liberally maybe in the spring and fall each year will break up the
            soil and provide the needed water drainage for the azaleas to prevent
            root rot from getting started. It will not change the soil pH at all,
            but will affect the porosity of it favorably. Phytophthora [root rot]
            is arguably the most dangerous single plant disease worldwide. Poor
            water drainage is a major factor in getting this started where the
            rhododendron family is concerned and azaleas are a genre of that
            family. You might want to look to that aspect, too.

            George E. Klump
            Southern California Chapter, ARS/ASA










          --
          Ron Rabideau
          Camden, NJ
          Zone 7b


        • Steve Henning
          It would help if we could get extension services to stop recommending aluminum sulfate on everything and even warn against it. Then we could get the
          Message 4 of 17 , Mar 11, 2013
            It would help if we could get extension services to stop recommending aluminum sulfate on everything and even warn against it.  Then we could get the manufacturers to push their other products and get nurseries to sell these and not aluminum sulfate. Here are some offending websites:


            Sadly, only a few websites are trying to preach the gospel (don't use aluminum sulfate on anything besides hydrangeas):

            ARS 

            Yes, Colorado State has one website promoting aluminum sulfate and another warning against it.  Aluminum sulphate is good for hydrangeas since they need aluminum as well as acidity to be blue, so it does have a niche but that is all it is good for.

            Steve Henning, Zone 6, Reading, PA

            --- In azaleas@yahoogroups.com, michael.campbell3@... wrote:
            >
            > Educates nurserymen. A good nursery place wouldn't even offer this for sale. 
            > ----- Original Message -----
            > From: "Larry Wallace" <UUallace@...> 
            > To: azaleas@yahoogroups.com 
            > Sent: Sunday, March 10, 2013 12:20:36 PM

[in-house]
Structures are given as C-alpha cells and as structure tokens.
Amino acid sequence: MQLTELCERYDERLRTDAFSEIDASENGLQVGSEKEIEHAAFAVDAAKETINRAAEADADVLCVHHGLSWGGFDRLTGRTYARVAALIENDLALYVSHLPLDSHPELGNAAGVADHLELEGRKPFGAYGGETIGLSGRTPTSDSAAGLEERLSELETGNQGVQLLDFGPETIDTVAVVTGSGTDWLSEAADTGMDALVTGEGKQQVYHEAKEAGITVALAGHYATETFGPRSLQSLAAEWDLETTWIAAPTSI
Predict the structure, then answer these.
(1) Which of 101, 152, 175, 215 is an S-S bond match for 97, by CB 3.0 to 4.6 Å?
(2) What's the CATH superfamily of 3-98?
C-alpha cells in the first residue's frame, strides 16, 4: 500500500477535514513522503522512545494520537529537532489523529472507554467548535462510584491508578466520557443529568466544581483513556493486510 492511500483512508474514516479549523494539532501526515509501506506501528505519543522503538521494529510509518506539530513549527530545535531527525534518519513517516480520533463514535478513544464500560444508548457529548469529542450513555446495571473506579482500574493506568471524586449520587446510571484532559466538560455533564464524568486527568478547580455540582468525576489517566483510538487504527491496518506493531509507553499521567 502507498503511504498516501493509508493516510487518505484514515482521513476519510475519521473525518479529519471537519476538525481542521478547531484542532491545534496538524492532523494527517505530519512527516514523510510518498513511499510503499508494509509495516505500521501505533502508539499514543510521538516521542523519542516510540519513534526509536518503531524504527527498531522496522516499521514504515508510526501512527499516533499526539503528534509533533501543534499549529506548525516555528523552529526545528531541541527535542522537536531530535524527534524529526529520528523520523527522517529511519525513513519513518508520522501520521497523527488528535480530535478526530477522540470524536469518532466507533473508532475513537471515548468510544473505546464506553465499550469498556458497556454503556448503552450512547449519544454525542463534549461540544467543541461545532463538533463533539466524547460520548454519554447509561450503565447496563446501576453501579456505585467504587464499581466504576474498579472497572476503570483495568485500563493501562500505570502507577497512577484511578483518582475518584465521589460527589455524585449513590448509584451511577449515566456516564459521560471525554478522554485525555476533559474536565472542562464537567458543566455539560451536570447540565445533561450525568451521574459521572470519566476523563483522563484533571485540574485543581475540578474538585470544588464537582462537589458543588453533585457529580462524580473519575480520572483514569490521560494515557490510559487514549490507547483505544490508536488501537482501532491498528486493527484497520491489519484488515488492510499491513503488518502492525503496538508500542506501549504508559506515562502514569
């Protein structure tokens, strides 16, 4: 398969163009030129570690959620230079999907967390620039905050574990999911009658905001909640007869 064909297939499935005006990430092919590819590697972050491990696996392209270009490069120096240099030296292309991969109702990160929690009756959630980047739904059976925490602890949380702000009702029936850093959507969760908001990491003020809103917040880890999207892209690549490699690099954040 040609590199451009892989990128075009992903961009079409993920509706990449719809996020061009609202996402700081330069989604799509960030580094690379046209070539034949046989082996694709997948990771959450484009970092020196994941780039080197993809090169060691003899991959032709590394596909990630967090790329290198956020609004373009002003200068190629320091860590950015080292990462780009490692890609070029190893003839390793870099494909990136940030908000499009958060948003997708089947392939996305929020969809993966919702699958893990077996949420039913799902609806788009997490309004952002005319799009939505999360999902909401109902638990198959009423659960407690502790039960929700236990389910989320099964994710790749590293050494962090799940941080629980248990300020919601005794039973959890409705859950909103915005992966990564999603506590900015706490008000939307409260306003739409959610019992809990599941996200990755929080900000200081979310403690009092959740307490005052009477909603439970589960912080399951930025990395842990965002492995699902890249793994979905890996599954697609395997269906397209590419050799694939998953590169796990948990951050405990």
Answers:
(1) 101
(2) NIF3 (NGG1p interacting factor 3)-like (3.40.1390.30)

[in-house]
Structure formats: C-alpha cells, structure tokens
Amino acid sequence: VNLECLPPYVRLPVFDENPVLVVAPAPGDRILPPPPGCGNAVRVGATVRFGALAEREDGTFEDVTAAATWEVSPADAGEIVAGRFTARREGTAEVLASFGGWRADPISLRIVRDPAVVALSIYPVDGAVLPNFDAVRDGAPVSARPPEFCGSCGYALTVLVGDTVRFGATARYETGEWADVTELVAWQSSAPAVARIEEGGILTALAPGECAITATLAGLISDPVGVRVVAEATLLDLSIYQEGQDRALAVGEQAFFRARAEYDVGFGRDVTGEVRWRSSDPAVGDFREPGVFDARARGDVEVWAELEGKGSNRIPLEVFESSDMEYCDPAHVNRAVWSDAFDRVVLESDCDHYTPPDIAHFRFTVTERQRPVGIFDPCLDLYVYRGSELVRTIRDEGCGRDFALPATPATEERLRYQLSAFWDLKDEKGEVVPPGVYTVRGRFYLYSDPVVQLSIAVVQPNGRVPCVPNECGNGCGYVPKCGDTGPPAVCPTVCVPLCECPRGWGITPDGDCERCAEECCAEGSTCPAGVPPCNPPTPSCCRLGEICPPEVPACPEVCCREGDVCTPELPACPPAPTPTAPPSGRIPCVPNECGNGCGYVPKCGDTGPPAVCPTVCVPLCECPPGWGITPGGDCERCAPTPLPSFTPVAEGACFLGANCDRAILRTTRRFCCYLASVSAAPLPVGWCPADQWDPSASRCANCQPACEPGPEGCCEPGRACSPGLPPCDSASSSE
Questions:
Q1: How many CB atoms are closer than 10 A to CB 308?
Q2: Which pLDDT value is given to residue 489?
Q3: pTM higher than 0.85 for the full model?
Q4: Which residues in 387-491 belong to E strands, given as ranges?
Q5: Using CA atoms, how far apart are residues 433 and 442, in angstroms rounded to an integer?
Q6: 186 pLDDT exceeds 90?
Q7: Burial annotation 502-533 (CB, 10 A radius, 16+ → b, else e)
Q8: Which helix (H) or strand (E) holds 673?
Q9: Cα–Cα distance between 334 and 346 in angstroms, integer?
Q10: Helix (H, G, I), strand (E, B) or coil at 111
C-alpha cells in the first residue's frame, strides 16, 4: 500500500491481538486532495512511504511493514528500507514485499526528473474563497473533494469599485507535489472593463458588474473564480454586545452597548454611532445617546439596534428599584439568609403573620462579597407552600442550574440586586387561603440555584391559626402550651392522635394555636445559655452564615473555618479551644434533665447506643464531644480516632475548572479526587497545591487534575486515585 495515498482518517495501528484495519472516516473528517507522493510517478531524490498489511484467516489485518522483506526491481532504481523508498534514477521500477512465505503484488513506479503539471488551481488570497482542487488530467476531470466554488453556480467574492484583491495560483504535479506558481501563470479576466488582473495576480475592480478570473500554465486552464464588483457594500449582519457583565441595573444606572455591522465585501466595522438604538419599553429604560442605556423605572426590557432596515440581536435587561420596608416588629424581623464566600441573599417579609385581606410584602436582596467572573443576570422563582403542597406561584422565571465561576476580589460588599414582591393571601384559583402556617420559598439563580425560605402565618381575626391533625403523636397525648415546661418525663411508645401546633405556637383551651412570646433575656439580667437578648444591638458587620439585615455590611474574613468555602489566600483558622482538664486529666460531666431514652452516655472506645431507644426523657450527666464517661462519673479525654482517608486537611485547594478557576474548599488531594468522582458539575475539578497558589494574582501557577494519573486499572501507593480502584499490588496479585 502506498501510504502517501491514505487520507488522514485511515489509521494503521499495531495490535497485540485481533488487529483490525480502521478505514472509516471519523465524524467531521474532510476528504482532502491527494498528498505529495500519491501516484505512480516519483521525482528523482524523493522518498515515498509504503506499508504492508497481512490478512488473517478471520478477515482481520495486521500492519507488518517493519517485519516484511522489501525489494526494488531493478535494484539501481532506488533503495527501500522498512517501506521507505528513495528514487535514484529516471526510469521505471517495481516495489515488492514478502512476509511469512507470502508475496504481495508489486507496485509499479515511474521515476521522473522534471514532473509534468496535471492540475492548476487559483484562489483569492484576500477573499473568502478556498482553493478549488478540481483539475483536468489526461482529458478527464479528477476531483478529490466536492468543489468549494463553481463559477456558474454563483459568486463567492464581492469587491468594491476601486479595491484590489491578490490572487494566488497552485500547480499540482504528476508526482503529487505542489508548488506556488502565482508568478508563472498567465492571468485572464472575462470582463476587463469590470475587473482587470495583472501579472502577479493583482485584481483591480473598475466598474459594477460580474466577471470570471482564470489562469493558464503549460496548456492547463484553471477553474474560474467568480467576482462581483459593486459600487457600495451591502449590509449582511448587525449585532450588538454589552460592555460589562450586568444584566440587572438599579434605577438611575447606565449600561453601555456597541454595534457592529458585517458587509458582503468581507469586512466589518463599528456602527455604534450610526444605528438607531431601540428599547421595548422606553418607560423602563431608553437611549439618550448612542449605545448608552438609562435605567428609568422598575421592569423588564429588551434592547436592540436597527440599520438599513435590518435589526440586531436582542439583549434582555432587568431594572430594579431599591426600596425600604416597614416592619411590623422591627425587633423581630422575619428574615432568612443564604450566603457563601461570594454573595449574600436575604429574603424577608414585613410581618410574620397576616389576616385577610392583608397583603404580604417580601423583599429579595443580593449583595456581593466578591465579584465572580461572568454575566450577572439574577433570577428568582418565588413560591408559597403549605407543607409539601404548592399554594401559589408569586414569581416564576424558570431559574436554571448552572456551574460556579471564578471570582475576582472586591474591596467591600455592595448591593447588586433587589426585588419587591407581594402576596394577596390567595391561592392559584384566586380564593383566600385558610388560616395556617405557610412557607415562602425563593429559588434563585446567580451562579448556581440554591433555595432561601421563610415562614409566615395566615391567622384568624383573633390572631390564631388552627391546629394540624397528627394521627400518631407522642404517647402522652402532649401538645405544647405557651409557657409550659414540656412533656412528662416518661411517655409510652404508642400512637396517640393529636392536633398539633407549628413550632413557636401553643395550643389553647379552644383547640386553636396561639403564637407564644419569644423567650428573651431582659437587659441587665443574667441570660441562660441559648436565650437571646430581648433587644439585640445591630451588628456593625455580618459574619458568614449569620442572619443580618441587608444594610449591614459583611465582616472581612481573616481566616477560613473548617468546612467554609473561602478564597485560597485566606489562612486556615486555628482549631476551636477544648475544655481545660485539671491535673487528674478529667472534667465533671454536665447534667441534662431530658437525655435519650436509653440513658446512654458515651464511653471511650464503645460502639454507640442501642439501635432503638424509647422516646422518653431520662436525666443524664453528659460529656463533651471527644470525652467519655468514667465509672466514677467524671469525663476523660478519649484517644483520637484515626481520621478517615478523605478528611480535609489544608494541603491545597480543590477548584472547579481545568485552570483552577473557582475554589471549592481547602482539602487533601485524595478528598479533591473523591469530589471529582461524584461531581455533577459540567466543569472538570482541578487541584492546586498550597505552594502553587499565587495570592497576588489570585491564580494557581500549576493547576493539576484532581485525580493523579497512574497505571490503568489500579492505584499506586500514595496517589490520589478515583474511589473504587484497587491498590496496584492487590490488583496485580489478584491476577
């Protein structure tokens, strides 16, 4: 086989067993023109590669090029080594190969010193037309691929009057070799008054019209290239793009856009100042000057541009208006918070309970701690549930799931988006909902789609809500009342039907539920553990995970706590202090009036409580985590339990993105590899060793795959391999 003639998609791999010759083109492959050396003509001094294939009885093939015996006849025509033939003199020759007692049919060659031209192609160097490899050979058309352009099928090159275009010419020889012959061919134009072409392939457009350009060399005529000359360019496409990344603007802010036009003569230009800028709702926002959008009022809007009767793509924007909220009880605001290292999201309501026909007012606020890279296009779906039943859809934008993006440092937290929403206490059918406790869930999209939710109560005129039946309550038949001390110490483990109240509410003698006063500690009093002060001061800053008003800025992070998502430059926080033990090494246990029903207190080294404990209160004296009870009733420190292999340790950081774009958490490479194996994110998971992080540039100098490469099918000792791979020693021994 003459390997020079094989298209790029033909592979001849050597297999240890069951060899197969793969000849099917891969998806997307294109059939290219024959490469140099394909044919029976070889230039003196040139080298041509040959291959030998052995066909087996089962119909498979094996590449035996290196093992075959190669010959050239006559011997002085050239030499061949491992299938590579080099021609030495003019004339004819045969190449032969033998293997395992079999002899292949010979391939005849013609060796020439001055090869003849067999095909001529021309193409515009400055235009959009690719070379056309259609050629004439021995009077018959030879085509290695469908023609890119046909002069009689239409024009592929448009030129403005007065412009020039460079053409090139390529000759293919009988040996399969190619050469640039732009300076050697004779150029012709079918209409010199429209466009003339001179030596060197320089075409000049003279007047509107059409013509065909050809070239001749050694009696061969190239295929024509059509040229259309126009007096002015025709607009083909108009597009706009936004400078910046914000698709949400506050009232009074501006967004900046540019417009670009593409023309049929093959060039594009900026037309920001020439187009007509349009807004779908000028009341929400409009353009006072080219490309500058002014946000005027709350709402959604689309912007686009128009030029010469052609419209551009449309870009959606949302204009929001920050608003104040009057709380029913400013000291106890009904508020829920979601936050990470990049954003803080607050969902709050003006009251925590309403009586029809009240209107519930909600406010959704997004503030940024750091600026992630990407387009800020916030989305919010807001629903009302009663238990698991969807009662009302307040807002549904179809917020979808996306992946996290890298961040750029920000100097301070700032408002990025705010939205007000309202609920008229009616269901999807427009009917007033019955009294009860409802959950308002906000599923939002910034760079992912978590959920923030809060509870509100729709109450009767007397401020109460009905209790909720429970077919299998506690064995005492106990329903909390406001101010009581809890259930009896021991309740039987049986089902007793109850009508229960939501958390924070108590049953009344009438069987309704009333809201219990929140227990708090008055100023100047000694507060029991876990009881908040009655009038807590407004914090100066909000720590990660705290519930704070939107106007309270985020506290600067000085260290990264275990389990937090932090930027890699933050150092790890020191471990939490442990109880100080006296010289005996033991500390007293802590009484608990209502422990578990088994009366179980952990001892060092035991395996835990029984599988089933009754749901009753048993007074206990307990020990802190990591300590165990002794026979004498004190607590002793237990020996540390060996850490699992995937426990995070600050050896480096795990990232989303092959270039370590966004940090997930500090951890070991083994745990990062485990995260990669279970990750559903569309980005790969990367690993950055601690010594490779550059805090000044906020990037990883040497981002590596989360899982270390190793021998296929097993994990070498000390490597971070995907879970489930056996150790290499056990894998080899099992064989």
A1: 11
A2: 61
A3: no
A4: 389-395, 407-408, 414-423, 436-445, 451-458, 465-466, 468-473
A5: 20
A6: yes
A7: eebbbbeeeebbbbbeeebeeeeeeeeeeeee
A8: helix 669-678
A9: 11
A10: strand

> Subject: Re: [AZ] RE: Deciduous Azaleas on Your 5-acre plot 
            > "Aluminum sulphate is a deadly poison to rhododendrons and other ericaceous plants ..." 
            > Many nurseries here sell Al2 (SO4}3-6{H2O}. The bag recommends it for Rhododendrons and Azaleas. How do we stop it? 
            > -- 
            > Larry Wallace 
            > Cincinnati
            >

          • George Klump
            I have some blue hydrangeas out in my back garden. Never use aluminum sulphate on anything, certainly not the hydrangeas. Cottonseed meal works perfectly and
            Message 5 of 17 , Mar 11, 2013
              I have some blue hydrangeas out in my back garden.  Never use aluminum sulphate on anything, certainly not the hydrangeas.  Cottonseed meal works perfectly and they grow beautifully without me adding aluminum to their diet.  I don't think my hydrangeas know that they need aluminum to grow.  At least they've never mentioned it to me.

              George E. Klump
              Southern California Chapter, ARS/ASA








              On 3/11/2013 11:43 AM, Steve Henning wrote:
               

              It would help if we could get extension services to stop recommending aluminum sulfate on everything and even warn against it.  Then we could get the manufacturers to push their other products and get nurseries to sell these and not aluminum sulfate. Here are some offending websites:


              Sadly, only a few websites are trying to preach the gospel (don't use aluminum sulfate on anything besides hydrangeas):

              ARS 

              Yes, Colorado State has one website promoting aluminum sulfate and another warning against it.  Aluminum sulphate is good for hydrangeas since they need aluminum as well as acidity to be blue, so it does have a niche but that is all it is good for.

              Steve Henning, Zone 6, Reading, PA

              --- In azaleas@yahoogroups.com, michael.campbell3@... wrote:
              >
              > Educates nurserymen. A good nursery place wouldn't even offer this for sale. 
              > ----- Original Message -----
              > From: "Larry Wallace" <UUallace@...> 
              > Sent: Sunday, March 10, 2013 12:20:36 PM 
              > Subject: Re: [AZ] RE: Deciduous Azaleas on Your 5-acre plot 
              > "Aluminum sulphate i! s a deadly poison to rhododendrons and other ericaceous plants ..." 
              > Many nurseries here sell Al2 (SO4}3-6{H2O}. The bag recommends it for Rhododendrons and Azaleas. How do we stop it? 
              > -- 
              > Larry Wallace 
              > Cincinnati
              >


            • Bob Kelly
              But, George, as I recall the French Hydrangea is maybe the one and only plant that needs aluminum ions to give the blue color. Usually acid soil has enough
              Message 6 of 17 , Mar 12, 2013
                But, George, as I recall the French Hydrangea is maybe  the one and only plant that needs aluminum ions to give the blue color.  Usually acid soil has enough soluble aluminum to produce the blue color, but if in soil-less mix you probably have to add the actual Al+++ ion.
                 
                Bob Kelly
                 
                 
                ----- Original Message -----
                Sent: Monday, March 11, 2013 1:57 PM